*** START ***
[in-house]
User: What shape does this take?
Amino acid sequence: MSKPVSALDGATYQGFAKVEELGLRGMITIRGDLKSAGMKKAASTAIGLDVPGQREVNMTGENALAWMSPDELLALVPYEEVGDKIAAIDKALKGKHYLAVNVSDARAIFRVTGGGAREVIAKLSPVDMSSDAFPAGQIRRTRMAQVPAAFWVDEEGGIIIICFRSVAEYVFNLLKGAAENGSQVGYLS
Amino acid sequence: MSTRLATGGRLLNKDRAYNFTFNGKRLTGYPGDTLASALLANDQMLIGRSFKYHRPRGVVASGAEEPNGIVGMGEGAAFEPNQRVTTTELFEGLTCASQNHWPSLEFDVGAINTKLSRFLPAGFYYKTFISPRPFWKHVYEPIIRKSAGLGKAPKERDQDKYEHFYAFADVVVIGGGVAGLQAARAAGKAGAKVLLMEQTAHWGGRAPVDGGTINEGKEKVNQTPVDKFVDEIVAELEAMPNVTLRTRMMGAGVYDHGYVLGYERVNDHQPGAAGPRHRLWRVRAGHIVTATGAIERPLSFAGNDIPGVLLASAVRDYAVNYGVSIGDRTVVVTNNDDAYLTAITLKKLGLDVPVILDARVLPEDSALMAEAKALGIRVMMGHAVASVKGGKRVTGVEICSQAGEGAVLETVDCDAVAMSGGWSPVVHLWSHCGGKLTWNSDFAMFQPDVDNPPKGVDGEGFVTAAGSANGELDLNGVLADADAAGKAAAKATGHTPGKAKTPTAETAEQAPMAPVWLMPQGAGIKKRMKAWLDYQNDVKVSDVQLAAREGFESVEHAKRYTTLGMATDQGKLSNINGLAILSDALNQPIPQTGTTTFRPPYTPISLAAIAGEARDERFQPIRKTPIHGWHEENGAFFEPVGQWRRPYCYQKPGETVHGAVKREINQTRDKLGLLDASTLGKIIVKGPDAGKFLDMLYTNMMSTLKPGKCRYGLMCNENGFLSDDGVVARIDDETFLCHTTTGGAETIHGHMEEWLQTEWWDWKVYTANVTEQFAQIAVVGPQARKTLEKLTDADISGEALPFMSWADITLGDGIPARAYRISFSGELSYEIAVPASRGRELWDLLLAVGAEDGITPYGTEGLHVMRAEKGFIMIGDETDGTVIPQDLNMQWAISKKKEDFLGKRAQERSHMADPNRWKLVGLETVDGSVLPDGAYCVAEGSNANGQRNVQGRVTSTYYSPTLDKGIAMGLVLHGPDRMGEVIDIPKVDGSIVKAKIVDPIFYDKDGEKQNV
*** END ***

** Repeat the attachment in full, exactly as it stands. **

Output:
[in-house]
User: What shape does this take?
Amino acid sequence: MSKPVSALDGATYQGFAKVEELGLRGMITIRGDLKSAGMKKAASTAIGLDVPGQREVNMTGENALAWMSPDELLALVPYEEVGDKIAAIDKALKGKHYLAVNVSDARAIFRVTGGGAREVIAKLSPVDMSSDAFPAGQIRRTRMAQVPAAFWVDEEGGIIIICFRSVAEYVFNLLKGAAENGSQVGYLS
Amino acid sequence: MSTRLATGGRLLNKDRAYNFTFNGKRLTGYPGDTLASALLANDQMLIGRSFKYHRPRGVVASGAEEPNGIVGMGEGAAFEPNQRVTTTELFEGLTCASQNHWPSLEFDVGAINTKLSRFLPAGFYYKTFISPRPFWKHVYEPIIRKSAGLGKAPKERDQDKYEHFYAFADVVVIGGGVAGLQAARAAGKAGAKVLLMEQTAHWGGRAPVDGGTINEGKEKVNQTPVDKFVDEIVAELEAMPNVTLRTRMMGAGVYDHGYVLGYERVNDHQPGAAGPRHRLWRVRAGHIVTATGAIERPLSFAGNDIPGVLLASAVRDYAVNYGVSIGDRTVVVTNNDDAYLTAITLKKLGLDVPVILDARVLPEDSALMAEAKALGIRVMMGHAVASVKGGKRVTGVEICSQAGEGAVLETVDCDAVAMSGGWSPVVHLWSHCGGKLTWNSDFAMFQPDVDNPPKGVDGEGFVTAAGSANGELDLNGVLADADAAGKAAAKATGHTPGKAKTPTAETAEQAPMAPVWLMPQGAGIKKRMKAWLDYQNDVKVSDVQLAAREGFESVEHAKRYTTLGMATDQGKLSNINGLAILSDALNQPIPQTGTTTFRPPYTPISLAAIAGEARDERFQPIRKTPIHGWHEENGAFFEPVGQWRRPYCYQKPGETVHGAVKREINQTRDKLGLLDASTLGKIIVKGPDAGKFLDMLYTNMMSTLKPGKCRYGLMCNENGFLSDDGVVARIDDETFLCHTTTGGAETIHGHMEEWLQTEWWDWKVYTANVTEQFAQIAVVGPQARKTLEKLTDADISGEALPFMSWADITLGDGIPARAYRISFSGELSYEIAVPASRGRELWDLLLAVGAEDGITPYGTEGLHVMRAEKGFIMIGDETDGTVIPQDLNMQWAISKKKEDFLGKRAQERSHMADPNRWKLVGLETVDGSVLPDGAYCVAEGSNANGQRNVQGRVTSTYYSPTLDKGIAMGLVLHGPDRMGEVIDIPKVDGSIVKAKIVDPIFYDKDGEKQNV